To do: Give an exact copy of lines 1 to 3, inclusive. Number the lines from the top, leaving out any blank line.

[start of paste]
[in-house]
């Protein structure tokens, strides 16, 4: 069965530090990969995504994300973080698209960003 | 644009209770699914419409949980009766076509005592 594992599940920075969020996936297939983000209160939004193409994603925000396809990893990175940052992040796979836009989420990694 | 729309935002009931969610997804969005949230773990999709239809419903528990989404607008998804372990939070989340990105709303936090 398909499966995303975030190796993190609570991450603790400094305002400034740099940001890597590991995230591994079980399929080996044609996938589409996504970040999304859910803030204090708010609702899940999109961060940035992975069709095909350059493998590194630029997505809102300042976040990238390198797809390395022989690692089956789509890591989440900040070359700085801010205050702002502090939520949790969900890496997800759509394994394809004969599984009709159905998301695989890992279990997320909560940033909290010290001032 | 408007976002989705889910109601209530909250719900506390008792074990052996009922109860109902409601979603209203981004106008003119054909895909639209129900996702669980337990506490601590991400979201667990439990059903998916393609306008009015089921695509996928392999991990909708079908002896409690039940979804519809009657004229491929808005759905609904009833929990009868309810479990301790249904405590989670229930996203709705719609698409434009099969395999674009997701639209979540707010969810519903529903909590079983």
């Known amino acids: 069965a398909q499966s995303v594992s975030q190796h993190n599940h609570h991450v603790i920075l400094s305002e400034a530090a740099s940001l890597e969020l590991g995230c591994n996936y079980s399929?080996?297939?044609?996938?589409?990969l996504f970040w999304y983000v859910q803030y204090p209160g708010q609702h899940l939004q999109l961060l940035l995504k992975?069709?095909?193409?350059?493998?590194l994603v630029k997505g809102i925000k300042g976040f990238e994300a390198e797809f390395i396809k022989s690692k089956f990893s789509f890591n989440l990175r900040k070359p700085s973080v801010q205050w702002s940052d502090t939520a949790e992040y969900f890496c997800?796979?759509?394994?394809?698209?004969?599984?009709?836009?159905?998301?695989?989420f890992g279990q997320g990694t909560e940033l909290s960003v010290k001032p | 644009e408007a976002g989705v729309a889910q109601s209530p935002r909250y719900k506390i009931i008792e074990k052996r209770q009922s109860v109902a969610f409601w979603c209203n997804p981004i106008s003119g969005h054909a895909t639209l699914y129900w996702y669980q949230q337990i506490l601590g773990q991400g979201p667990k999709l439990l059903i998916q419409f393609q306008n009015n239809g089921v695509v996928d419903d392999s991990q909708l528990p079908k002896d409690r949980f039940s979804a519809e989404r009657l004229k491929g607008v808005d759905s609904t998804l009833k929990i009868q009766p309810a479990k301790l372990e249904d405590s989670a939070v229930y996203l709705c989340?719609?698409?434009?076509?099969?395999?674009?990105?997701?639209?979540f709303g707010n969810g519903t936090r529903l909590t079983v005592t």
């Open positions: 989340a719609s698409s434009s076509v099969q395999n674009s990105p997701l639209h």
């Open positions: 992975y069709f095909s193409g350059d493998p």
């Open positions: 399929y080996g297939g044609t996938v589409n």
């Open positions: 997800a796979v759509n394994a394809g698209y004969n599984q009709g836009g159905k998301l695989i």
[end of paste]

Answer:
[in-house]
């Protein structure tokens, strides 16, 4: 069965530090990969995504994300973080698209960003 | 644009209770699914419409949980009766076509005592 594992599940920075969020996936297939983000209160939004193409994603925000396809990893990175940052992040796979836009989420990694 | 729309935002009931969610997804969005949230773990999709239809419903528990989404607008998804372990939070989340990105709303936090 398909499966995303975030190796993190609570991450603790400094305002400034740099940001890597590991995230591994079980399929080996044609996938589409996504970040999304859910803030204090708010609702899940999109961060940035992975069709095909350059493998590194630029997505809102300042976040990238390198797809390395022989690692089956789509890591989440900040070359700085801010205050702002502090939520949790969900890496997800759509394994394809004969599984009709159905998301695989890992279990997320909560940033909290010290001032 | 408007976002989705889910109601209530909250719900506390008792074990052996009922109860109902409601979603209203981004106008003119054909895909639209129900996702669980337990506490601590991400979201667990439990059903998916393609306008009015089921695509996928392999991990909708079908002896409690039940979804519809009657004229491929808005759905609904009833929990009868309810479990301790249904405590989670229930996203709705719609698409434009099969395999674009997701639209979540707010969810519903529903909590079983």
């Known amino acids: 069965a398909q499966s995303v594992s975030q190796h993190n599940h609570h991450v603790i920075l400094s305002e400034a530090a740099s940001l890597e969020l590991g995230c591994n996936y079980s399929?080996?297939?044609?996938?589409?990969l996504f970040w999304y983000v859910q803030y204090p209160g708010q609702h899940l939004q999109l961060l940035l995504k992975?069709?095909?193409?350059?493998?590194l994603v630029k997505g809102i925000k300042g976040f990238e994300a390198e797809f390395i396809k022989s690692k089956f990893s789509f890591n989440l990175r900040k070359p700085s973080v801010q205050w702002s940052d502090t939520a949790e992040y969900f890496c997800?796979?759509?394994?394809?698209?004969?599984?009709?836009?159905?998301?695989?989420f890992g279990q997320g990694t909560e940033l909290s960003v010290k001032p | 644009e408007a976002g989705v729309a889910q109601s209530p935002r909250y719900k506390i009931i008792e074990k052996r209770q009922s109860v109902a969610f409601w979603c209203n997804p981004i106008s003119g969005h054909a895909t639209l699914y129900w996702y669980q949230q337990i506490l601590g773990q991400g979201p667990k999709l439990l059903i998916q419409f393609q306008n009015n239809g089921v695509v996928d419903d392999s991990q909708l528990p079908k002896d409690r949980f039940s979804a519809e989404r009657l004229k491929g607008v808005d759905s609904t998804l009833k929990i009868q009766p309810a479990k301790l372990e249904d405590s989670a939070v229930y996203l709705c989340?719609?698409?434009?076509?099969?395999?674009?990105?997701?639209?979540f709303g707010n969810g519903t936090r529903l909590t079983v005592t």